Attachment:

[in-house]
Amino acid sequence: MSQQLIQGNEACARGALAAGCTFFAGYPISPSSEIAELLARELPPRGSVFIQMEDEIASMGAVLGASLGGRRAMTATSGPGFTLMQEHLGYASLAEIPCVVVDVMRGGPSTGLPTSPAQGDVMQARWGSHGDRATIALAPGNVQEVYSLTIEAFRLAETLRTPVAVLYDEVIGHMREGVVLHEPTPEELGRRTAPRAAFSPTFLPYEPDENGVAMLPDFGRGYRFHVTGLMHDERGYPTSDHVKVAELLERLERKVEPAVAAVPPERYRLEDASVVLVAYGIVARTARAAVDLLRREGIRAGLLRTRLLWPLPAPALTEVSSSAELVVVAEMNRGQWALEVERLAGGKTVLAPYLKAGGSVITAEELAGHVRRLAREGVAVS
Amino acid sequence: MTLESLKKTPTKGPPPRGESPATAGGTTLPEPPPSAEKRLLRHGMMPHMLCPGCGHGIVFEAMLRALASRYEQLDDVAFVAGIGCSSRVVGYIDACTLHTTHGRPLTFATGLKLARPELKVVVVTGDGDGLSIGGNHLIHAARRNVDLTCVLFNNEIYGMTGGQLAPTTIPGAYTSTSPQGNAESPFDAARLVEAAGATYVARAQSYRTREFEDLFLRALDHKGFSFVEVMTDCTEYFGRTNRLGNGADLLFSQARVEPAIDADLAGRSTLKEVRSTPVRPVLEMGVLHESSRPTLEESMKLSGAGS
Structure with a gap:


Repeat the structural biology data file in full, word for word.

[in-house]
Amino acid sequence: MSQQLIQGNEACARGALAAGCTFFAGYPISPSSEIAELLARELPPRGSVFIQMEDEIASMGAVLGASLGGRRAMTATSGPGFTLMQEHLGYASLAEIPCVVVDVMRGGPSTGLPTSPAQGDVMQARWGSHGDRATIALAPGNVQEVYSLTIEAFRLAETLRTPVAVLYDEVIGHMREGVVLHEPTPEELGRRTAPRAAFSPTFLPYEPDENGVAMLPDFGRGYRFHVTGLMHDERGYPTSDHVKVAELLERLERKVEPAVAAVPPERYRLEDASVVLVAYGIVARTARAAVDLLRREGIRAGLLRTRLLWPLPAPALTEVSSSAELVVVAEMNRGQWALEVERLAGGKTVLAPYLKAGGSVITAEELAGHVRRLAREGVAVS
Amino acid sequence: MTLESLKKTPTKGPPPRGESPATAGGTTLPEPPPSAEKRLLRHGMMPHMLCPGCGHGIVFEAMLRALASRYEQLDDVAFVAGIGCSSRVVGYIDACTLHTTHGRPLTFATGLKLARPELKVVVVTGDGDGLSIGGNHLIHAARRNVDLTCVLFNNEIYGMTGGQLAPTTIPGAYTSTSPQGNAESPFDAARLVEAAGATYVARAQSYRTREFEDLFLRALDHKGFSFVEVMTDCTEYFGRTNRLGNGADLLFSQARVEPAIDADLAGRSTLKEVRSTPVRPVLEMGVLHESSRPTLEESMKLSGAGS
Structure with a gap: